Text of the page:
The presence of a silt loam soil in the field to the east of the Ranch well and near the Ranch well suggests the potential of a long travel time from land surface to ground water. However, the use of irrigation would provide more water to move nutrients downward at a faster rate than natural recharge. Also, in other parts of northwestern Kansas, studies have shown the movement of "seasonal" nitrate through the soil profile (Townsend, 1995). This means that in the spring and summer water from irrigation would be available to move nutrients through the soil profile. Yearly seasonal applications of water and nutrients would provide a continuous, although intermittent source, through the unsaturated zone. Because of the irrigation, flow might be somewhat faster than expected with just natural recharge. In addition, the irrigation water may have altered the chemistry of the soil and soil water so that the calcareous zones did not cause volatilization reactions to enrich the δ15N signature.
Well #10 has a fertilizer signature as well as a low nitrate-N concentration. This site has dryland farming completely around the well and irrigated farming located to the east across the railroad tracks (figure 5). According to the report done by Miller and Associates and discussion with the city administrator, Well #10 is the principal source of water for the city when used in conjunction with Well #11 at the south of town (figures 1, 5). This well is utilized more than the nearby Well #9.
Possibly the nitrate affecting this well is a combination from both the dryland and irrigated fields in the area. The elevated sulfate, chloride, and total dissolved solids for this well and Well #9 suggests the possibility that evapoconcentration of salts from farming around the wells and to the east of the well may be the source of these parameters. The lower δ15N value for this well may be related to increased flow to this well because of more frequent pumping and thus the possibility of pulling water impacted by the irrigated site to well #10. It might be useful to sample the irrigation well to the east to determine the nitrate concentration and δ15N value for this site to see if it is similar to that of well #10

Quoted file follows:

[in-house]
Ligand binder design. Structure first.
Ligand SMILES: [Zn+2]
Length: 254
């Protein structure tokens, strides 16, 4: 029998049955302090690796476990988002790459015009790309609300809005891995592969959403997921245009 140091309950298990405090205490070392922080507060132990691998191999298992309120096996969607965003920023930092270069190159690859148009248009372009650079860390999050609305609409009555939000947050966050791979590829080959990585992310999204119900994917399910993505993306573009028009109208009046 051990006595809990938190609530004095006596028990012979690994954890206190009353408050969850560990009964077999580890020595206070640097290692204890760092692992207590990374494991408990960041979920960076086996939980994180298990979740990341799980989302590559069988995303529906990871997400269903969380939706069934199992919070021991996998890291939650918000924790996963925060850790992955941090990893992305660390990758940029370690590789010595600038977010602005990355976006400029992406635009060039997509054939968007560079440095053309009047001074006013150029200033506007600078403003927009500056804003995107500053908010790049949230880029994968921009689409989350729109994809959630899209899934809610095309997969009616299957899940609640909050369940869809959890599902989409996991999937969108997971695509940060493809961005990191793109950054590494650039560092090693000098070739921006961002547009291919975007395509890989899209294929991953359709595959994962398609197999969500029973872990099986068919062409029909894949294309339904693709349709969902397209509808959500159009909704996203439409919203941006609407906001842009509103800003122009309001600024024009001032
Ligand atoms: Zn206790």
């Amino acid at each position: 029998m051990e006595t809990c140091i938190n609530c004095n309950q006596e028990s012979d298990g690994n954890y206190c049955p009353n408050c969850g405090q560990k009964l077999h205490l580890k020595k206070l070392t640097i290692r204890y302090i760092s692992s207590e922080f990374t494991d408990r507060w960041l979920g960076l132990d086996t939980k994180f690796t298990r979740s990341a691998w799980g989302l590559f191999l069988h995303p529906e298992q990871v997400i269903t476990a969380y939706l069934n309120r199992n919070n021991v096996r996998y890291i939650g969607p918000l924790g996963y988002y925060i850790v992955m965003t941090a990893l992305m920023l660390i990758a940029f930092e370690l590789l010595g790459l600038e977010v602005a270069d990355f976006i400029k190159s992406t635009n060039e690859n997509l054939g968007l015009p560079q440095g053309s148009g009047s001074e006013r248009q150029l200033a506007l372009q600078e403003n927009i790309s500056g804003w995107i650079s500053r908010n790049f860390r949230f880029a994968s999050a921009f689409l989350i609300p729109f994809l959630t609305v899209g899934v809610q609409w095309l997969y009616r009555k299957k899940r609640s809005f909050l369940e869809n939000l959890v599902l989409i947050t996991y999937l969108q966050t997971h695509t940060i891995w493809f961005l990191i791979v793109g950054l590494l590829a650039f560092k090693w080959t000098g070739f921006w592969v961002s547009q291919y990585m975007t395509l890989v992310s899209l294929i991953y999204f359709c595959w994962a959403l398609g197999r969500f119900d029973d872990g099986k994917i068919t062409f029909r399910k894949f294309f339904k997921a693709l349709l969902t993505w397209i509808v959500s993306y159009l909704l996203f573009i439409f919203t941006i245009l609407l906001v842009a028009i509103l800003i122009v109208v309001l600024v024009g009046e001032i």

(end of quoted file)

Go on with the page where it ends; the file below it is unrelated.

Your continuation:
Well #9 has a very low nitrate-N value but an enriched δ15N signature (figure 12). The land use at this well is the same as for well #10 (figures 1, 5). The difference between the two wells is that Well #9 is used intermittently due to reduced pumping capacity. This well is affected by seasonal water level fluctuations and by well #10 (Miller and Assoc., 1998). Well #9 was installed in 1969 and Well #10 in 1966. Neither well has a driller's log available.
Because of the intermittent use of the well, it is possible that denitrification may occur in the unsaturated zone or volatilization enrichment of the nitrate moving through the unsaturated zone may occur when the calcareous zones in the soil profile are encountered. The soil in this area is the Bridgeport silt loam and has a very effervescent zone at 10-15 feet depth (table 1).
Well #11 is located on the south side of the city of Oberlin (figures 1, 5). This well has a moderate nitrate-N level and an enriched δ15N value. This site is located near two long-term irrigation wells (1958 water right). The ground to the east of the well is dryland farmed. The site was in alfalfa for a number of years before being planted to another crop. The nitrate in this well has been low until about 1998 when the value increased to about 3.5 mg/L (City Administrator, personal communication, 2000). At this sampling for the study, the value is up to 4.0 mg/L.
The soil at this site is Bridgeport silt loam with a calcareous zone at the 10-15 ft depth. This site is similar to Well #9 where the nitrate-N is relatively low and the δ15N is enriched. This site had no obvious animal-waste sources near by. The well does not have elevated chloride although the sulfate is somewhat elevated and perhaps indicative of evapoconcentration of salts. There are two irrigated fields near the city well one to the west-southwest and one to the north-northeast. Because of the heavy reliance of the city on the water from this site, it is likely that the well is frequently pumped and this may result in movement of nutrients from the irrigated sites to the city well. At the time of this report, it is not known how large the sphere of influence from the pumping the well is.
It is possible at this site that the source of the nitrate is from fertilizer (irrigated site) or legumes (alfalfa dryland site) that have been volatilized in the unsaturated zone because of the long travel time and the contact with the calcareous zone deep in the soil profile. The nitrate concentration also may be increasing as legume nodules from the alfalfa-root zones are decaying. There is also the possibility of excess nutrients moving down the root channels left from alfalfa. These root channels can reach to depths of up to 15 or more feet (Lamond, personal communication, 1999).
At this site, the nitrate is gradually increasing. Because there is no obvious animal-waste source, the chloride concentration is low, sulfate appears somewhat elevated, and the δ15N value is elevated, it seems possible that volatilization enrichment of anhydrous ammonia fertilizer at the time of application and/or volatilization/denitrification reactions in the soil profile have resulted in the enriched δ15N value. The author's opinion is that agricultural practices and not animal waste is the most likely source.